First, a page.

A longtime grain sorghum breeder and research scientist feels that a recent research grant awarded by the U.S. Department of Energy (DOE) could be the catalyst that makes sorghum a major resource for ethanol production.
NC+ Sorghum research director Jim Osborne says the five-year, $7.5 million matching grant will allow the research project participants to eventually develop grain sorghum hybrids with much higher starch contents.
“The bottom line is that a higher starch content makes sorghum much more economically feasible as a primary source for ethanol production,” Osborne said. “For our purposes we figure current grain sorghum starch content at an average of 68 percent. We would like to increase that average content up to 80 percent. We feel at that level we can reduce the per gallon cost of producing ethanol from grain sorghum by 40 to 50 percent.”
The DOE selected a consortium comprised of NC+ Hybrids, Orion Genomics LLC and SolviGen LLC to conduct the grant funded project. The research will use NC+'s breeding expertise and collection of elite germplasm; Orion's proprietary genomics technology; and SolviGen's technology development and market expertise.
“Orion will use a recently discovered genomics technique to identify and sequence all the genes of sorghum,” Osborne said. “Once the appropriate gene markers have been identified, NC+ will begin incorporating them into the appropriate germplasm with existing conventional or, if needed, transgenetic approaches.”
The grain sorghum research program at NC+ was initiated in 1971. Since that time, the company has acquired the breeding programs and germplasm of five other companies.
“I'm sure the size of our sorghum program and the size of the germplasm base we're working with figured into NC+ being considered for this project,” Osborne said. “The expertise our company has already exhibited in DNA sampling and the sorghum research we've conducted in the past were other factors that helped in our selection.”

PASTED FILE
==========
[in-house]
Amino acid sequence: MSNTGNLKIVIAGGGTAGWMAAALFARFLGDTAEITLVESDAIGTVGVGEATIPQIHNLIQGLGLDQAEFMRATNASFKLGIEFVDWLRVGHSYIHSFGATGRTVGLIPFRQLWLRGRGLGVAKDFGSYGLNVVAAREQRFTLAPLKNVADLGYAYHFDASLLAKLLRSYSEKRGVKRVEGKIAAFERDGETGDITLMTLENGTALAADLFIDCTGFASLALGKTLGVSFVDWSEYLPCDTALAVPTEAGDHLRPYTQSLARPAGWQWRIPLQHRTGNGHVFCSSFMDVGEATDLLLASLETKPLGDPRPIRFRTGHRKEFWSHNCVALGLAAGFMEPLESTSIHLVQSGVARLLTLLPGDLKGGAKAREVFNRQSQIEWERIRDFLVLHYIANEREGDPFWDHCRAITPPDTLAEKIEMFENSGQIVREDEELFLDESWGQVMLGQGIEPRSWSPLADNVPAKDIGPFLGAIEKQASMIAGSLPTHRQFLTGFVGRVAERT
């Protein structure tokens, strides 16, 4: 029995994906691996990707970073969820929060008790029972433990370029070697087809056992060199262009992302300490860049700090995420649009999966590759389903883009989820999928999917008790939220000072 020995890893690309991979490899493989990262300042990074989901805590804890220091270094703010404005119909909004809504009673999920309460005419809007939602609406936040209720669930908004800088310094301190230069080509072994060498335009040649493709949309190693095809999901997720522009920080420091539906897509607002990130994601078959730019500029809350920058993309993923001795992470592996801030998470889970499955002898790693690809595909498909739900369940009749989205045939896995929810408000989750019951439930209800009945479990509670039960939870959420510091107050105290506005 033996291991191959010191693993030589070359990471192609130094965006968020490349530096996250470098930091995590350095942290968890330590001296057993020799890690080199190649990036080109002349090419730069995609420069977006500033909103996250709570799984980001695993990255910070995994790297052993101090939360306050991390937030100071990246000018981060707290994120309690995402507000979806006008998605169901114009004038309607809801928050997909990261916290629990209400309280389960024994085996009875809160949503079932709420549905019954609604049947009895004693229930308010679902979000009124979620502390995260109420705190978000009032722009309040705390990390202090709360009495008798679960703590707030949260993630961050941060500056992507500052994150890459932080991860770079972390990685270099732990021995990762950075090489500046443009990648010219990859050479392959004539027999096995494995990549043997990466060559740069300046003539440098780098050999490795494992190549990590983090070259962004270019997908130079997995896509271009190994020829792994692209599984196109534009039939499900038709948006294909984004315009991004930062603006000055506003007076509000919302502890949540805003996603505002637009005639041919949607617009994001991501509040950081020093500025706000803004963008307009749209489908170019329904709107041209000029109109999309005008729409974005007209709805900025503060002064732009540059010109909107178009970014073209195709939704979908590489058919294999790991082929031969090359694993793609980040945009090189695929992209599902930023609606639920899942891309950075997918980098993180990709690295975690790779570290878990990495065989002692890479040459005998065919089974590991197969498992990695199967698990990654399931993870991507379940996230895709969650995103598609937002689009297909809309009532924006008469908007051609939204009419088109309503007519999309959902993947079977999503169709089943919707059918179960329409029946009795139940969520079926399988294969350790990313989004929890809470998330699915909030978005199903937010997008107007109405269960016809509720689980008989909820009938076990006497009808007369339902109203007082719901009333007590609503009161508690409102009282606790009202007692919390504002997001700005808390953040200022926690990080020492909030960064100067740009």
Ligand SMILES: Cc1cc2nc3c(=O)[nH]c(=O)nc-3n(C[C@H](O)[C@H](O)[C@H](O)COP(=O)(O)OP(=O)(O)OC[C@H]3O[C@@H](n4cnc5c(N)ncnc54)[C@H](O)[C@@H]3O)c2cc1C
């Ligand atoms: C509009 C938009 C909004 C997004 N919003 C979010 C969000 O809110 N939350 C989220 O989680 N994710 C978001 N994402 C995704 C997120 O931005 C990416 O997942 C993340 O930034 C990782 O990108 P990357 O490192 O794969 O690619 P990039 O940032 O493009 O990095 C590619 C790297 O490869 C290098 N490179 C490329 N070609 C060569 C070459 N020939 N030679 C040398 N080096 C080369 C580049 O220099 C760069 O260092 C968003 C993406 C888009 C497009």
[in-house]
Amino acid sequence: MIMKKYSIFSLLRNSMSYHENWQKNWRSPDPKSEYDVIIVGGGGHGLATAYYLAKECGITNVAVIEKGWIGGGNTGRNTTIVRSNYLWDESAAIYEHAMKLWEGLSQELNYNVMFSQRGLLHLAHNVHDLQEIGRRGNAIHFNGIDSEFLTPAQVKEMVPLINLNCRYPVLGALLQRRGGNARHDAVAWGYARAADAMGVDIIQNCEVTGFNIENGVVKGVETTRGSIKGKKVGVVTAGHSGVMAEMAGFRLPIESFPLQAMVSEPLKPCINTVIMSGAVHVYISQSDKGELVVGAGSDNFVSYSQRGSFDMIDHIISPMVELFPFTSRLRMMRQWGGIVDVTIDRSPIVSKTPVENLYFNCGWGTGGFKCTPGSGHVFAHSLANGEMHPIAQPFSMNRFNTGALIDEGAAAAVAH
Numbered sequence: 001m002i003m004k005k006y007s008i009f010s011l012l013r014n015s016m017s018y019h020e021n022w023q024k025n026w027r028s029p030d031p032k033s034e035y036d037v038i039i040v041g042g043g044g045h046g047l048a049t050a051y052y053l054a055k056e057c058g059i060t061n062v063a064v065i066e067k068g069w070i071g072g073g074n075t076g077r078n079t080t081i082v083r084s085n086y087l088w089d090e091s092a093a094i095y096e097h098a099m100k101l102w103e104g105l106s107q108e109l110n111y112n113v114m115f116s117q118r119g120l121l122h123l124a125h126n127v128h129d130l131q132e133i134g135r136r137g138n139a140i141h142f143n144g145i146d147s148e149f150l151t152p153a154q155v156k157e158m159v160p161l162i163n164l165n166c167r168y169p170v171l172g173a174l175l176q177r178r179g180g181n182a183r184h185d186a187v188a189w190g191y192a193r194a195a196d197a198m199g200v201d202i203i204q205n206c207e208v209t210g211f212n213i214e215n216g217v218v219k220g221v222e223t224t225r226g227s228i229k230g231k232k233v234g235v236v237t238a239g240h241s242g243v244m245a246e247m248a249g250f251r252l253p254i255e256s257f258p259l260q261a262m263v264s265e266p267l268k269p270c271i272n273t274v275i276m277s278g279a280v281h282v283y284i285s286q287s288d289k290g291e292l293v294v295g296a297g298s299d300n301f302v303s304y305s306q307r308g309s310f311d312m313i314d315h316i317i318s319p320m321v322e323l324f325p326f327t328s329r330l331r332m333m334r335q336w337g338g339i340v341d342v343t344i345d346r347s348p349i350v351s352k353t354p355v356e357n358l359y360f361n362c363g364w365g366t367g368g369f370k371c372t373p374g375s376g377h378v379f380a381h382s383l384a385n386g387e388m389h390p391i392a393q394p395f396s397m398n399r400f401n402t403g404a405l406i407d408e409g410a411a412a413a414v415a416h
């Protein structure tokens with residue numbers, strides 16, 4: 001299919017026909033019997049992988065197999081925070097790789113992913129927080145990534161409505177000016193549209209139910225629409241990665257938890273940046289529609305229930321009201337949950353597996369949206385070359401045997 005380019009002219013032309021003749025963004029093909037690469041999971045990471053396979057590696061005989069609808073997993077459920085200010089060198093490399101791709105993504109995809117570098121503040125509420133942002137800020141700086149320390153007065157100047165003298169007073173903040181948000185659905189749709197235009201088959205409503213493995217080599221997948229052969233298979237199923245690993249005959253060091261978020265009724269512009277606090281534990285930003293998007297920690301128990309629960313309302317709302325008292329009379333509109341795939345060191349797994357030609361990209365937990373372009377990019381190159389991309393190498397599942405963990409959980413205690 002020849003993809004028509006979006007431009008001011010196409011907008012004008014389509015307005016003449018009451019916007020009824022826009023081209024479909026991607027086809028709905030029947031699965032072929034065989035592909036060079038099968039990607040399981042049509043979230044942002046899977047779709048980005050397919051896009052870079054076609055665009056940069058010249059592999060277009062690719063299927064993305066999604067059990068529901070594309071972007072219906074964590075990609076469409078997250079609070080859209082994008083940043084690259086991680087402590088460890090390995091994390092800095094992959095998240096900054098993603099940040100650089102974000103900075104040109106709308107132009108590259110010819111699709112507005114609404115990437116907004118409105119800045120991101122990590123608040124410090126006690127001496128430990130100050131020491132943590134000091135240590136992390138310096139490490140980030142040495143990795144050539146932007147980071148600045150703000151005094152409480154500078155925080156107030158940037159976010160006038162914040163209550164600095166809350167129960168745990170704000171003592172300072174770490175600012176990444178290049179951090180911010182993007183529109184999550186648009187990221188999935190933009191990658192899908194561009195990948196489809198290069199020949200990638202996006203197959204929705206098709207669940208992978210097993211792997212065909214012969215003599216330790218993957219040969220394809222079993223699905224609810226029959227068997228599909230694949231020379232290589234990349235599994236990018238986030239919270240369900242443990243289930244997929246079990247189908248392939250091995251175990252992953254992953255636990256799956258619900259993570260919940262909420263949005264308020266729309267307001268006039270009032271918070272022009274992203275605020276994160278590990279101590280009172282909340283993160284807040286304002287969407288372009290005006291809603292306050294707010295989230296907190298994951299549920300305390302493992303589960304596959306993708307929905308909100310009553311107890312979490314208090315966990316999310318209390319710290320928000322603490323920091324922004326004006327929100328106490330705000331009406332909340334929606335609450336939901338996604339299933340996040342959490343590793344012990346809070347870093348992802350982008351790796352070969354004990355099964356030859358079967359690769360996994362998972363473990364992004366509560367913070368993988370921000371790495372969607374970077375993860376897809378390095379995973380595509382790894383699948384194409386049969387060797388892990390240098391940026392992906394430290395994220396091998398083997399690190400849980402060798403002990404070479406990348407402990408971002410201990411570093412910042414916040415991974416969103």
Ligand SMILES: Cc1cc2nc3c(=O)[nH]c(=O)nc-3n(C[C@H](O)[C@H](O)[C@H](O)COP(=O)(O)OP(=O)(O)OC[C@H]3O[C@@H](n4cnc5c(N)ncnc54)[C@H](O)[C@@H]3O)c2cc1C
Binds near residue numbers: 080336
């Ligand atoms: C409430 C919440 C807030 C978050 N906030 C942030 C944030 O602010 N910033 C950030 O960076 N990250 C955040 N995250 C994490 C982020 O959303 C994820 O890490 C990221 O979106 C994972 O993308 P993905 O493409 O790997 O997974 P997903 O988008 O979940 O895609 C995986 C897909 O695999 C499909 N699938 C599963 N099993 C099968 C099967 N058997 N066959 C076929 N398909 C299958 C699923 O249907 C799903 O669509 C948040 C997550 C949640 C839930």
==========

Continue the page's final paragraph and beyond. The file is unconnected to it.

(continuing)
One of the goals of the research project is to develop high starch grain sorghum hybrids from germplasm that contains high-yielding and high drought tolerance characteristics. This would allow farmers to produce grain sorghum on acres that are classified as marginal.
“I'd like to see 18 million to 20 million acres of grain sorghum planted in the U.S. again because of the marketing opportunities and cropping options this project could afford farmers,” Osborne said. “I don't want to necessarily see acres taken away from other crops.
“Instead we would like to see those additional acres added to production because sorghum's higher water and nutrient efficiency would allow a higher profit on marginal land.”
According to Osborne, discussions have already begun with members of the National Grain Sorghum Producers Association to begin exploring marketing opportunities for identity preserved grain sorghum. “NGSPA is just getting started on a certification program for food grade, pet food grade, and cattle feed grade sorghum,” he said, “We would certainly like to look into the possibility of identity preserved hybrids down the road that would be used especially for ethanol production. The goal is to develop a marketing system for the American farmer that will increase his profit through identity presentation for a specific end use.”
Research is expected to take place immediately in the matching grant funded project that is scheduled to continue for at least five years. Osborne is optimistic that during that time period some “research quantities” of new sorghum hybrids will be produced and ready for ethanol analysis. He feels it may take a few more years after that to have those hybrids ready for commercial availability.
NC+ Hybrids, based in Lincoln, Neb., is one of the largest independent seed companies in the United States. Farmer-owned for over 40 years, NC+ nationally markets corn, soybeans, grain sorghum, forage sorghum, sudangrass and alfalfa. For more information contact their web site at www.nc-plus.com.